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Building a Meta

Earlier this week, Blizzard announced some huge changes to the way it’s extremely popular card game, Hearthstone, will be played. Let’s take a look at what’s changed, and how it will affect everyone from casual to try-hard.

The change is headlined by the creation of a new format, titled Standard. If you’re familiar with other CCGs, you will be familiar with the name, and it’s concept will fall right in line. Starting with the release of the new set this spring, the new format will include all cards released within the current and previous year, and any base class cards or cards contained in the classic set. Anything older than that will rotate out and not be playable. This change is crucial and well-needed.

As more and more cards get released, decks will slowly get stronger and stronger. The inevitability of power creep will eventually turn a format into a true slug fest. When the game reaches a state like this, creating cards that are still viable becomes difficult without making them increasingly strong, which will in turn make old cards obsolete. By creating this new rule set they gracefully dodge this entire scenario while still allowing players who prefer old cards and degenerate decks the ability to play those. The current “eternal” format has been dubbed Wild, and will remain an option for play.

The rotation of so many cards means a huge shake-up in the current meta, as so many staples rotate out.

  • Sludge Belcher and Piloted Shredder leaving means two of the stickiest minions in the game are leaving and will affect many decks.
  • Antique Healbot and Zombie Chow leaving means control decks will lose one of their best ways to control boards vs. aggro and one of their best ways to get out of range and hopefully stabilize; expect these to be replaced with similar effects.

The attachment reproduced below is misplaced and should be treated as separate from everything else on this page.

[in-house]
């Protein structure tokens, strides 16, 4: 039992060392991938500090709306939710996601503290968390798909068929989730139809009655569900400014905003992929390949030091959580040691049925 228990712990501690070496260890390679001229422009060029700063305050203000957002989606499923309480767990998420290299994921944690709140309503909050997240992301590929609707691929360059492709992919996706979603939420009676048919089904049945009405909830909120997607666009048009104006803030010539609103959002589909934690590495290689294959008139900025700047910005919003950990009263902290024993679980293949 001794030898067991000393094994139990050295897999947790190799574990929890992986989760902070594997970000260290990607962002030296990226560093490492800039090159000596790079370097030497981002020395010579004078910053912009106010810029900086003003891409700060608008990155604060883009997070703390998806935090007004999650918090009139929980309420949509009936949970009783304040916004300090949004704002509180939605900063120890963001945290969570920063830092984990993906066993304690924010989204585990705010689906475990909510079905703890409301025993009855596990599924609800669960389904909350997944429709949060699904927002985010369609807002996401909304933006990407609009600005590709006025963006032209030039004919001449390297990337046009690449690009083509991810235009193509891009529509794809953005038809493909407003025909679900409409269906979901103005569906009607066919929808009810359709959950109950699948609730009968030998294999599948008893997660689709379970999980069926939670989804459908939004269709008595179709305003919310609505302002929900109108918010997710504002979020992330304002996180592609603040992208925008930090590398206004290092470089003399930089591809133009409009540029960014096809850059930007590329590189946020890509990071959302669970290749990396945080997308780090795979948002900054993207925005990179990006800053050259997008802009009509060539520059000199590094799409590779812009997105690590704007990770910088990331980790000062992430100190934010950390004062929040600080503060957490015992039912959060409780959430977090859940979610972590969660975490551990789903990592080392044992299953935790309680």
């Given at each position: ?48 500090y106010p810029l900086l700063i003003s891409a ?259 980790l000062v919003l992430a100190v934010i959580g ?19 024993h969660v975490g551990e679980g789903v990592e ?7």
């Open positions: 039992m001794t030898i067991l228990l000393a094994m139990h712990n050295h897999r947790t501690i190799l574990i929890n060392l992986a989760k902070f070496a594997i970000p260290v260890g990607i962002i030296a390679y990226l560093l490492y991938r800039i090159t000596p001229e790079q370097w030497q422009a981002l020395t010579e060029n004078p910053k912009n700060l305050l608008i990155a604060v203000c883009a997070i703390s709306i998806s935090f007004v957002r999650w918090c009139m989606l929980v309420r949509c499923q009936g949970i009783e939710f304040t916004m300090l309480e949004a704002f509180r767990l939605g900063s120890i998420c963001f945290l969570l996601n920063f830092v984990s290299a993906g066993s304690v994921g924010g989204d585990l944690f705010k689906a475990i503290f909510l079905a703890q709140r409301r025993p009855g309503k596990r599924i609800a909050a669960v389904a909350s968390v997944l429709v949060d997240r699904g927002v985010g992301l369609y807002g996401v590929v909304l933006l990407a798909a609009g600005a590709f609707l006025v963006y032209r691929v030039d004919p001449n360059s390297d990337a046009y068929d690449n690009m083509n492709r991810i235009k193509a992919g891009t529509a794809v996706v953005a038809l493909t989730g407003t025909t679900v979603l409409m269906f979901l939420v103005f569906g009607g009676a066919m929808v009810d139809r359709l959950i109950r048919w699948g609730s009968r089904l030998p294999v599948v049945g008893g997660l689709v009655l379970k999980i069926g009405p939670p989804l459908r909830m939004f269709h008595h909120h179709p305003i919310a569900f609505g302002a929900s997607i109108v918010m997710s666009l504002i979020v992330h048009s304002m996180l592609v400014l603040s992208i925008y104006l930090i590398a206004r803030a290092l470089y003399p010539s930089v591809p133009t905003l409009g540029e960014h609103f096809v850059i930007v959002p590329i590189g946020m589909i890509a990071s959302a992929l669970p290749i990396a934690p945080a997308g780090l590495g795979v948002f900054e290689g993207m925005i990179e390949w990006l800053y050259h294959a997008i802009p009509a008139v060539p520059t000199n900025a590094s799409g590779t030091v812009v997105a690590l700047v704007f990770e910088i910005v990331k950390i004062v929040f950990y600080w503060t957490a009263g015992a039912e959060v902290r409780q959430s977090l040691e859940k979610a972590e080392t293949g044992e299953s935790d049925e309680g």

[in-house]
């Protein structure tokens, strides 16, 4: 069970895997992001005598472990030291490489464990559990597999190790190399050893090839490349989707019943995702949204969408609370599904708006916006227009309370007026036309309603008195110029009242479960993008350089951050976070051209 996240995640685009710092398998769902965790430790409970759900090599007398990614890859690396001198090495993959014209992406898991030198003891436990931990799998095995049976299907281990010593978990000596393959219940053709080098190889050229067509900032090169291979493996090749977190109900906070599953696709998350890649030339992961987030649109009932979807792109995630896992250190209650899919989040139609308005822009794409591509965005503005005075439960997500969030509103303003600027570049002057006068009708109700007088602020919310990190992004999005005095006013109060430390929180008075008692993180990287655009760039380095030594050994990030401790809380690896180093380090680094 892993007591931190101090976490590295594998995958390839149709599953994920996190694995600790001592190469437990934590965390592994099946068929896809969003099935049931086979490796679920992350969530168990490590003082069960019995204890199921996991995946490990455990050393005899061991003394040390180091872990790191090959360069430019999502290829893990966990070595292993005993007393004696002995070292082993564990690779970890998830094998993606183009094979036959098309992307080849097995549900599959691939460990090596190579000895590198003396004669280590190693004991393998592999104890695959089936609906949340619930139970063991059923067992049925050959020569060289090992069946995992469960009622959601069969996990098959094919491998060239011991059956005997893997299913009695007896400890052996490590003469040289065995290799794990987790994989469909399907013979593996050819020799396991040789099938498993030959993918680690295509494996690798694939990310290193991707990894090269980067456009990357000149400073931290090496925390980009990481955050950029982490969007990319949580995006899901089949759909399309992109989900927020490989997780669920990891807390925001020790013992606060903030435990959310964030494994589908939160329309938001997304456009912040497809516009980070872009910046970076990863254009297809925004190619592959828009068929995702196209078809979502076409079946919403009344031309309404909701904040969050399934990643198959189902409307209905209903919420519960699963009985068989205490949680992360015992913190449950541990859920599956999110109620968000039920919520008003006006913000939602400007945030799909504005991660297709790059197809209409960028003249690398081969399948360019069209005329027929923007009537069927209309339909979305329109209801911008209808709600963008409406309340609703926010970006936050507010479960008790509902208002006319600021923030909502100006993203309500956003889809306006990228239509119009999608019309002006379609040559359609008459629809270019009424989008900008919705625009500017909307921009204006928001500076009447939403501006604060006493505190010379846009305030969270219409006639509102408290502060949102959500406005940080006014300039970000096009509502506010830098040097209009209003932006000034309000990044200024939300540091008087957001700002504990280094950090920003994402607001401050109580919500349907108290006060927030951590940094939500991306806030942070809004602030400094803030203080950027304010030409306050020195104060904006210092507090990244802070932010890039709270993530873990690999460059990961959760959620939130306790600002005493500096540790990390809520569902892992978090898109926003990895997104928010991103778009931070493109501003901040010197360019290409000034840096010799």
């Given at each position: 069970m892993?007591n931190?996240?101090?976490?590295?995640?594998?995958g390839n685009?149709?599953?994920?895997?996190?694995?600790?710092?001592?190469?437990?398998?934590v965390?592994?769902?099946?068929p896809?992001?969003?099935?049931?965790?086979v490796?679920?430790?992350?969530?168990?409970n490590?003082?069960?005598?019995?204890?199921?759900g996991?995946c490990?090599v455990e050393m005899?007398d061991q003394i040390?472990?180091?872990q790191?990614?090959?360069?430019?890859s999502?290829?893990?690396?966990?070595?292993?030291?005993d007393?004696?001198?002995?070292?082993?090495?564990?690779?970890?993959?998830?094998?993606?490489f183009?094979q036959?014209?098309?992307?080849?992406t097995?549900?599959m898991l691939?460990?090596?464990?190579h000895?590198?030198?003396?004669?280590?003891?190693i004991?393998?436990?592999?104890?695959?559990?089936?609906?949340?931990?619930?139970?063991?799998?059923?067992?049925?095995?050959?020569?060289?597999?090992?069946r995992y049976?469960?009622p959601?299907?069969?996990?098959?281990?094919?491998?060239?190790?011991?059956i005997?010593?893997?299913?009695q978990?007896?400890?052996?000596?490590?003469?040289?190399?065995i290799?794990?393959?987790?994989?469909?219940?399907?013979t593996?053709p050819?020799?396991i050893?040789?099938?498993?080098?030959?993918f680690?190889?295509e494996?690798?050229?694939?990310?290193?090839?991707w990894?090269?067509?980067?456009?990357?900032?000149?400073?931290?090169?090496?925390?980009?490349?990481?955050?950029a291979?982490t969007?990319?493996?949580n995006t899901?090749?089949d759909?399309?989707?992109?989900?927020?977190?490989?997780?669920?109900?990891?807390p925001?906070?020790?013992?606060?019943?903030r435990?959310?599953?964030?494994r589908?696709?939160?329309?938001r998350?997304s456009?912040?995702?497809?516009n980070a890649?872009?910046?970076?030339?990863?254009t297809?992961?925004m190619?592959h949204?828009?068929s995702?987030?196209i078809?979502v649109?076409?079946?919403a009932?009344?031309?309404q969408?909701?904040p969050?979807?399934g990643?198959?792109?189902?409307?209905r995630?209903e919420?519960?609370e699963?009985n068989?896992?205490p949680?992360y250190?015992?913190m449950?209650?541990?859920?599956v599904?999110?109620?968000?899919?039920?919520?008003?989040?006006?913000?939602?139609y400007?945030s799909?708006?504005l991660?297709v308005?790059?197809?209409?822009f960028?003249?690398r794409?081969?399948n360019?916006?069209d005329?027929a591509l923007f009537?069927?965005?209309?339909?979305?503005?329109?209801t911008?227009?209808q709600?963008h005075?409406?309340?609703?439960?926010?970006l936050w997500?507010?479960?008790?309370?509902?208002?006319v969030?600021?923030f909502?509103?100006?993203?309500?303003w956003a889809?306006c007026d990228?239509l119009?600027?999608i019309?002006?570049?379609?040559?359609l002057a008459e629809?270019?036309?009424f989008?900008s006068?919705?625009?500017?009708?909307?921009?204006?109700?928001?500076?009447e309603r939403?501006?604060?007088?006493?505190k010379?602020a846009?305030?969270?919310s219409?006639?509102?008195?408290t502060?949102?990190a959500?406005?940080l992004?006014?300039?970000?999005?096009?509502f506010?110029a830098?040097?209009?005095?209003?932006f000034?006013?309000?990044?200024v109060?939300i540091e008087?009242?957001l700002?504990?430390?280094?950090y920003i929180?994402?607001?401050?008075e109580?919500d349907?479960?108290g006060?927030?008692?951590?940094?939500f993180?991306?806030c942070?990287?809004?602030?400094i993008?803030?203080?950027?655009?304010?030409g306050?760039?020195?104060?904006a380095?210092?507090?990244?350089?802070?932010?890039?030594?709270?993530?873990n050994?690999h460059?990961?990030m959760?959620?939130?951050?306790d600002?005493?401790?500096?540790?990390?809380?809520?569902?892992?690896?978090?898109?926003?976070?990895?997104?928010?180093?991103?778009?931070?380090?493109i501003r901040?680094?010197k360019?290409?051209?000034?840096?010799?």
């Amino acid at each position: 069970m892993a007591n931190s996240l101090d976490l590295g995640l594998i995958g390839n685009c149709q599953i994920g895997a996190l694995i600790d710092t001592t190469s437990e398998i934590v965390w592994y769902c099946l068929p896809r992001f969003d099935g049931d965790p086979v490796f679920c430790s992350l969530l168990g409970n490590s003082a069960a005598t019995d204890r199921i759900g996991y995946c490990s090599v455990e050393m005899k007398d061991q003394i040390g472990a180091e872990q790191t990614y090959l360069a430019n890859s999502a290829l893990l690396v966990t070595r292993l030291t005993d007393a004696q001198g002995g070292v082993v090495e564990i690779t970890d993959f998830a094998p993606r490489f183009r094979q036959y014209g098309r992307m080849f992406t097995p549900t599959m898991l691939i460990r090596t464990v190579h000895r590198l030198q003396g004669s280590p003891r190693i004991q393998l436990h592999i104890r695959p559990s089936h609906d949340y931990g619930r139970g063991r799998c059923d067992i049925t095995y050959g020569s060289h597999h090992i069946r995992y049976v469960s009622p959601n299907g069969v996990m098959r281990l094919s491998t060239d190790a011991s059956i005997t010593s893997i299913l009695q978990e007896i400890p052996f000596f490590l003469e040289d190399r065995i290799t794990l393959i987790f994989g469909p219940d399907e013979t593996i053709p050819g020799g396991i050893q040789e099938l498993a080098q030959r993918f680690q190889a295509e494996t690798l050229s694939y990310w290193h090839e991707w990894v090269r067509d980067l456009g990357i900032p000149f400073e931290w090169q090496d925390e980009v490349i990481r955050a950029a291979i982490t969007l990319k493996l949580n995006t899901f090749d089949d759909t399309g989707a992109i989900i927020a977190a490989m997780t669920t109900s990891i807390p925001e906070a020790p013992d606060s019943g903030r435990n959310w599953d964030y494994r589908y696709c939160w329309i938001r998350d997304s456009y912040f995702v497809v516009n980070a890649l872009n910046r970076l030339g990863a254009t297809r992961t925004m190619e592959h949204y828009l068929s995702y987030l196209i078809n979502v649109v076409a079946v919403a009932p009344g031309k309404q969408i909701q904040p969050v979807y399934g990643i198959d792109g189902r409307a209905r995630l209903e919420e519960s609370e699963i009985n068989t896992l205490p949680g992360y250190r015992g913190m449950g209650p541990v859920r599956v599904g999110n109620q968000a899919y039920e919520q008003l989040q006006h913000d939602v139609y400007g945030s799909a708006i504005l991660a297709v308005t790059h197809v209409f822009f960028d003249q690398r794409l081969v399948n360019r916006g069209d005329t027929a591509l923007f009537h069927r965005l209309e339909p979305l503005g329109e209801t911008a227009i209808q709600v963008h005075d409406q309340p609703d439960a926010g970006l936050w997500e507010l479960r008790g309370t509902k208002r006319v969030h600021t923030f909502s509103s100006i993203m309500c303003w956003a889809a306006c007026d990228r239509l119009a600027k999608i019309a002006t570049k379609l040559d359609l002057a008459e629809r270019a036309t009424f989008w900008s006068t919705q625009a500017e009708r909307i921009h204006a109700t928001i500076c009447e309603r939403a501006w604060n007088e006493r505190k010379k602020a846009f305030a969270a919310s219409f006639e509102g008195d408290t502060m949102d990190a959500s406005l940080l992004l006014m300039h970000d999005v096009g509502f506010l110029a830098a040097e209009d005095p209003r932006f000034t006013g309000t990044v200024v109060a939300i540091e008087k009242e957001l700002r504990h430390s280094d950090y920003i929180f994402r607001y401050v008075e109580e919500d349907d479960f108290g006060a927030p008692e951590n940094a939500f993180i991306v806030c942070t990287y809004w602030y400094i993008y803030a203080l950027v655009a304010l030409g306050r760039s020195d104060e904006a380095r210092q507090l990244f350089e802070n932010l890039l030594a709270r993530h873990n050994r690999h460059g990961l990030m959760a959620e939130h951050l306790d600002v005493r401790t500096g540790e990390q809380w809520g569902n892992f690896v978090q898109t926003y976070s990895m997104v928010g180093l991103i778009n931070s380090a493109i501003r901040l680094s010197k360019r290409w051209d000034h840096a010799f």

• Mad Scientist is probably the best two drop in the game right now, and the value it grants will be missed in hunter and mage decks.
  • Rounding out the neutral cards is everybody’s favorite doctor. Dr. Boom has been notorious for being good in nearly every deck and on every turn and will likely leave the biggest hole in the format.
  • As far as class-specific cards, the most important is probably Tinker’s Sharpsword Oil for rogue. So important that it is in nearly every rogue deck and basically defines the class. Our dagger-wielding friends will be in a strange place come spring.
DRB
I won’t miss this guy.

It’s hard to speculate about what will be good once the change hits without seeing what the new set will contain. Now that the designers have a little more practice under their belts, consider that they have stated they may be tweaking some of the base and class cards. With previews certainly coming soon, though, theorycrafting season will begin soon. Get your brainstorm hats on, eSports fans, a new age for Hearthstone is coming.

Tyler Morse is a Contributing Editor to AYBOnline.com.

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